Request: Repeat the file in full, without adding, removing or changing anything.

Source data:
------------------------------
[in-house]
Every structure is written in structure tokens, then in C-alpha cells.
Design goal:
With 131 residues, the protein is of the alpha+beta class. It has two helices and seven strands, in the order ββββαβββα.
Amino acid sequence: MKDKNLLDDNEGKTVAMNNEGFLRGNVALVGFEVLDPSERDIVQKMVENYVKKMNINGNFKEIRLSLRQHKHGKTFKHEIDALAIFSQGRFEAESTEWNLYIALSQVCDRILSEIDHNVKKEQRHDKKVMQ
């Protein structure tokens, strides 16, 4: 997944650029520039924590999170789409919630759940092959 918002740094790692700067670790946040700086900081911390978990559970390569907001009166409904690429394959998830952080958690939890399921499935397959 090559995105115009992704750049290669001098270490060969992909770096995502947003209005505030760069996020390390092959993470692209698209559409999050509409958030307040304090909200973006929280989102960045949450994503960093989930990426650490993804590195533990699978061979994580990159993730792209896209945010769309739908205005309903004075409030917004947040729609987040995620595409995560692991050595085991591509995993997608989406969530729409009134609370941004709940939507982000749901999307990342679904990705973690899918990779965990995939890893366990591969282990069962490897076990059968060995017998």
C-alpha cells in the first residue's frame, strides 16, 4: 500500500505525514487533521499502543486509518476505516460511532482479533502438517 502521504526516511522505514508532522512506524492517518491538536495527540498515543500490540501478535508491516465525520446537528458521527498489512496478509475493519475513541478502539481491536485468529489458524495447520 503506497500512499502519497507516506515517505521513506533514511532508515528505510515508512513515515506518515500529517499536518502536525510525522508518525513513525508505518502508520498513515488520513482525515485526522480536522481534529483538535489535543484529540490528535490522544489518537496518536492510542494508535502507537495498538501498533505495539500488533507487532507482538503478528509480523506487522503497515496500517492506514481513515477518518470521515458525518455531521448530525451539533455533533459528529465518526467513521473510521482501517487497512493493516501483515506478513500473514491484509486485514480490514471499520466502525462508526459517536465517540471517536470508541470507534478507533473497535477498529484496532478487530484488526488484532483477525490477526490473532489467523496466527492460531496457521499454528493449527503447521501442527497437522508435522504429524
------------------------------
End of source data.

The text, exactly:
[in-house]
Every structure is written in structure tokens, then in C-alpha cells.
Design goal:
With 131 residues, the protein is of the alpha+beta class. It has two helices and seven strands, in the order ββββαβββα.
Amino acid sequence: MKDKNLLDDNEGKTVAMNNEGFLRGNVALVGFEVLDPSERDIVQKMVENYVKKMNINGNFKEIRLSLRQHKHGKTFKHEIDALAIFSQGRFEAESTEWNLYIALSQVCDRILSEIDHNVKKEQRHDKKVMQ
């Protein structure tokens, strides 16, 4: 997944650029520039924590999170789409919630759940092959 918002740094790692700067670790946040700086900081911390978990559970390569907001009166409904690429394959998830952080958690939890399921499935397959 090559995105115009992704750049290669001098270490060969992909770096995502947003209005505030760069996020390390092959993470692209698209559409999050509409958030307040304090909200973006929280989102960045949450994503960093989930990426650490993804590195533990699978061979994580990159993730792209896209945010769309739908205005309903004075409030917004947040729609987040995620595409995560692991050595085991591509995993997608989406969530729409009134609370941004709940939507982000749901999307990342679904990705973690899918990779965990995939890893366990591969282990069962490897076990059968060995017998």
C-alpha cells in the first residue's frame, strides 16, 4: 500500500505525514487533521499502543486509518476505516460511532482479533502438517 502521504526516511522505514508532522512506524492517518491538536495527540498515543500490540501478535508491516465525520446537528458521527498489512496478509475493519475513541478502539481491536485468529489458524495447520 503506497500512499502519497507516506515517505521513506533514511532508515528505510515508512513515515506518515500529517499536518502536525510525522508518525513513525508505518502508520498513515488520513482525515485526522480536522481534529483538535489535543484529540490528535490522544489518537496518536492510542494508535502507537495498538501498533505495539500488533507487532507482538503478528509480523506487522503497515496500517492506514481513515477518518470521515458525518455531521448530525451539533455533533459528529465518526467513521473510521482501517487497512493493516501483515506478513500473514491484509486485514480490514471499520466502525462508526459517536465517540471517536470508541470507534478507533473497535477498529484496532478487530484488526488484532483477525490477526490473532489467523496466527492460531496457521499454528493449527503447521501442527497437522508435522504429524